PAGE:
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Question: Which is more important for the final image?
1. Camera - 5 (6.7%)
2. Lens - 70 (93.3%)
Total Voters: 74

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Author Topic: Camera vs Lens  (Read 11447 times)
dlashier
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« Reply #20 on: September 19, 2006, 04:02:48 AM »
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Didn't MR write about this and put tripod before either? I agree with him as well!
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IMO all a matter of style - tripod cramps my style so I rarely use one (and hence my urge to return to RF for even less need), but I can see the need for MF with that big mirror slapping. If I had to fiddle/wait for my tripod I'd miss half of my best shots.

- DL
« Last Edit: September 19, 2006, 04:04:07 AM by dlashier » Logged

TimothyHughes
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« Reply #21 on: September 19, 2006, 10:51:00 PM »
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In light of the upcoming photokina and corresponding announcements I thought it would be interesting to poll the relative merit of equipment in Photography. Although in reality it is not a binary choice, if you had to choose between a high-end camera with a low-end lens, vs a low-end camera with a high-end lens, which would you rather have?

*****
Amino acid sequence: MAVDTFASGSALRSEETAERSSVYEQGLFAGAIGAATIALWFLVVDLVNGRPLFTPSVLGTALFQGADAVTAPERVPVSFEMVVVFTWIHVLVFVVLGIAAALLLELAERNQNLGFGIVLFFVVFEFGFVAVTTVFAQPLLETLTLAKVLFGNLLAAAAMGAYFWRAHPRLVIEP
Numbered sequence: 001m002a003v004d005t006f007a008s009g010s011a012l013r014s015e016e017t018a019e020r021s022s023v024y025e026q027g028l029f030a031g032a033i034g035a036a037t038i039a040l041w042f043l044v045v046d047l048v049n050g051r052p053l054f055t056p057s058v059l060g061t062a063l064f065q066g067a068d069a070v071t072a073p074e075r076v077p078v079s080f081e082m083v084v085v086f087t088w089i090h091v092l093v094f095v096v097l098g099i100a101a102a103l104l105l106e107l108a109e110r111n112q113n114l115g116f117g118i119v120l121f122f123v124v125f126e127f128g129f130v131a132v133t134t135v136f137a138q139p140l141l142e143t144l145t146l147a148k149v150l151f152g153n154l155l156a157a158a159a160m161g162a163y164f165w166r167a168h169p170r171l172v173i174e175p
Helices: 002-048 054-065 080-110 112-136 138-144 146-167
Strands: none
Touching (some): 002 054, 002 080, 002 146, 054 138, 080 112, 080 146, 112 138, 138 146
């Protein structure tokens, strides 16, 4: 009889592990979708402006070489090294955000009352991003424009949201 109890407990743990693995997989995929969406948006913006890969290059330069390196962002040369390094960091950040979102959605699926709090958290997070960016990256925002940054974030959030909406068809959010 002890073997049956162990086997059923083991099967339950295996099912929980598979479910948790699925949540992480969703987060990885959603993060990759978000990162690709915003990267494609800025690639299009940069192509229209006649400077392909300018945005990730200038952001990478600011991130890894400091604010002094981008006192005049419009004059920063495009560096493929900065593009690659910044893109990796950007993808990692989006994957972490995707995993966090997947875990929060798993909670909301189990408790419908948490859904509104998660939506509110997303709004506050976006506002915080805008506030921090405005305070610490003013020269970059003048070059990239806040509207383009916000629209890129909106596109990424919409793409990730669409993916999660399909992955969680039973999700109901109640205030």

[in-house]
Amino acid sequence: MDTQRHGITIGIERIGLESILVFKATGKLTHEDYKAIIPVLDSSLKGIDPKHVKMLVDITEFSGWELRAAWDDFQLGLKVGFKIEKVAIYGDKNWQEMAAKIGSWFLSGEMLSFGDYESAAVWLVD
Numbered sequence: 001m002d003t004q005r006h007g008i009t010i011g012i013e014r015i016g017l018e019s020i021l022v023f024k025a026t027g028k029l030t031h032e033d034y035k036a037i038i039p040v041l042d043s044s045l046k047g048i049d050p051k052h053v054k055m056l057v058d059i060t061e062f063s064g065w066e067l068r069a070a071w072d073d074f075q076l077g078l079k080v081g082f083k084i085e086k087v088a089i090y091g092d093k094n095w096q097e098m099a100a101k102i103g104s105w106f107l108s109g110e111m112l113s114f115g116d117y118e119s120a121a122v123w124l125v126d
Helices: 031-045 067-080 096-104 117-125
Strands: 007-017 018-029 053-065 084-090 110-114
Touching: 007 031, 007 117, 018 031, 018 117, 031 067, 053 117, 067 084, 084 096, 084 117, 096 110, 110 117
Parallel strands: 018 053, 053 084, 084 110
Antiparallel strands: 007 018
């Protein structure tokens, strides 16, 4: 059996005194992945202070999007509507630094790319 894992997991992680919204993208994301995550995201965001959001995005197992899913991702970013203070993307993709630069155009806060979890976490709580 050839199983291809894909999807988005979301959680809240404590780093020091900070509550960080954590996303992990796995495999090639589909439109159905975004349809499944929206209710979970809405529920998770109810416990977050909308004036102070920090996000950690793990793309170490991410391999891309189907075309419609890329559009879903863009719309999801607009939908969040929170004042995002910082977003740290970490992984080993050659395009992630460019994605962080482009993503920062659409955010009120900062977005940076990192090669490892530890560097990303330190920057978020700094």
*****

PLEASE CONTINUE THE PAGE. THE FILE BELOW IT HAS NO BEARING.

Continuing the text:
Let's assume that in either case the camera+lens combination has equal AF behavior. They both have similar output resolution.
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I'm sorry but an image is only going to be as good as the "system". Now, if you were talking about a 35mm camera body, than I'll take damn near any body. With digital however, the body makes a HUGE difference. Think about how far Canon's D-SLRs have come since the advent of the Rebel 300D.  

That being said, good glass is necessary to capture quality shots. A lot can be done in post to increase color saturation and sharpness but it can't add details that the glass didn't capture in the first place.
« Last Edit: September 19, 2006, 10:51:43 PM by TimothyHughes » Logged

opgr
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« Reply #22 on: September 20, 2006, 03:13:09 AM »
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I disagre, subject is more important that camera or lens.  You can give me the best gear on earth and I can have the world's best vision, but if you put me if a 6x6x6 concrete room with all grey walls and no shadows i have nothing.

Which implies that lighting is everything. In this case I can already think up many different abstracts I would love to explore of lines dividing space... or a good old 15mm fe on FF?